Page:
The pace of the book was slow, at times, but it reflected the mood of the characters perfectly. Tasmina’s writing is clear and easy to understand. She goes into a lot of detail, in terms of places and her character personalities are quite in depth so I felt as if I had known the protagonists my whole life. Lots of twists and turns kept the plot of the novel intriguing and I certainly didn’t expect the ending as it was and for that I’m certainly glad!

Overall, if you are a romance and women’s literature/family saga fan then this book is perfect for you. There’s suspense, love and a whole lot of family dynamics that keeps the story going and makes it even more brilliant! This book has definitely raised my expectations and I hope that, as soon I as I get my hands on another Tasmina Perry book, it’s as good as this. Do yourself a favour and grab a copy of this book because you will not regret it!

Overall Rating: 9/10

If you would like to find out more about Tasmina and her books you can do so from her official website and follow her on twitter and facebook.

Me Before You by Jojo Moyes..

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mebeforeyou_jojomoyes

Blurb:

Lou Clark knows lots of things. She knows how many footsteps there are between the bus stop and home. She knows she likes working in The Buttered Bun tea shop and she knows she might not love her boyfriend Patrick.

What Lou doesn’t know is she’s about to lose her job or that knowing what’s coming is what keeps her sane.

Will Traynor knows his motorcycle accident took away his desire to live. He knows everything feels very small and rather joyless now and he knows exactly how he’s going to put a stop to that.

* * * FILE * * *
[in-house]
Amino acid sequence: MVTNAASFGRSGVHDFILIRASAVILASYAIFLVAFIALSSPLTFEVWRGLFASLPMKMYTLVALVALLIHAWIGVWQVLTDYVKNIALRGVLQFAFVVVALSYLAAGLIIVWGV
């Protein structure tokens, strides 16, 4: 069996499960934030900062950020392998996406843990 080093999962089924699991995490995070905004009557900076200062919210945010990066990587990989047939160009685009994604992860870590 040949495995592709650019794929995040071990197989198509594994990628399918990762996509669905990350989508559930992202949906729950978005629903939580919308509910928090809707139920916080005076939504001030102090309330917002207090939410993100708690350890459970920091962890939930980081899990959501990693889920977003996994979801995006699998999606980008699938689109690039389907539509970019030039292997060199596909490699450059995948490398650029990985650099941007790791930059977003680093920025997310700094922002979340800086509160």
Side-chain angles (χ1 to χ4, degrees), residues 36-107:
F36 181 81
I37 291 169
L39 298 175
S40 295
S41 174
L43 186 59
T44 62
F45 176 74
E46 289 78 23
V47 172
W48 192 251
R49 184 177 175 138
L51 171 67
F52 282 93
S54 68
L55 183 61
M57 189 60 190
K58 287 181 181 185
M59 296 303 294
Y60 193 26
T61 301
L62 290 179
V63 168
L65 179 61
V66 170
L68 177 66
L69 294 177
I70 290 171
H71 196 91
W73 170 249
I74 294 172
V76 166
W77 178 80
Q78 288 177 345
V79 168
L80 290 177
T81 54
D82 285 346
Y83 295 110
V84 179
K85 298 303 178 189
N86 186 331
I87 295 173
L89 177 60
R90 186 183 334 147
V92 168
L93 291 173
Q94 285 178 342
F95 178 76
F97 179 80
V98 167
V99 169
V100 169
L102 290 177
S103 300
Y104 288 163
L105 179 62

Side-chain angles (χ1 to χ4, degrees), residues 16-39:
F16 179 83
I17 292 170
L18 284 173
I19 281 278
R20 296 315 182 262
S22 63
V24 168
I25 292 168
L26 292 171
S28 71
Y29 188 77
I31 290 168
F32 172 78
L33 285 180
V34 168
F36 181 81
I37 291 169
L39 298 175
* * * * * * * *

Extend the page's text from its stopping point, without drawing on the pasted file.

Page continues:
What Will doesn’t know is that Lou is about to burst into his world in a riot of colour. And neither of them knows they’re going to change the other for all time.

Review:

I hope my review does this book some justice because I honestly believe that this is one book that has touched me like no other.

This was my first Jojo Moyes book and since then I’ve literally followed her books like an obsessive fan. The plot of this book revolves around the lives of the two protagonists Lou and Will.

Lou is a wonderful character that I immediately liked and was able to relate to on so many different levels. Moyes makes her very realistic and I felt that her simplicity and unselfishness is what made her so lovable. She’s very bright but does not have any stable direction in life, which is why after losing her job she applies to be a carer for a young man who has been left in a quadriplegic state. Fate works in mysterious ways and this job sets her on the path of Will Traynor, our second protagonist.

Will has been left in a quadriplegic state following a road accident, which occurred two years earlier. Unlike Lou, Will used to have a high-end active lifestyle and a successful career. However, after his accident he is left feeling demoralised, as he believes he has now lost everything. I couldn’t blame Will for being bitter and angry after what had happened to him but this is where Lou comes in. With a riot of colour she sets out to change Will’s perception and make him realise that there still are some things worth living for.

This is probably the first book I’ve read that centres so deeply around a physical impairment. What I loved though was that Jojo doesn’t just focus on the disability, rather gives us an insight into Will’s emotional journey as a whole. Will’s emotional journey and Lou’s loyalty towards making Will realise how beautiful his life really is, is what makes this story so special.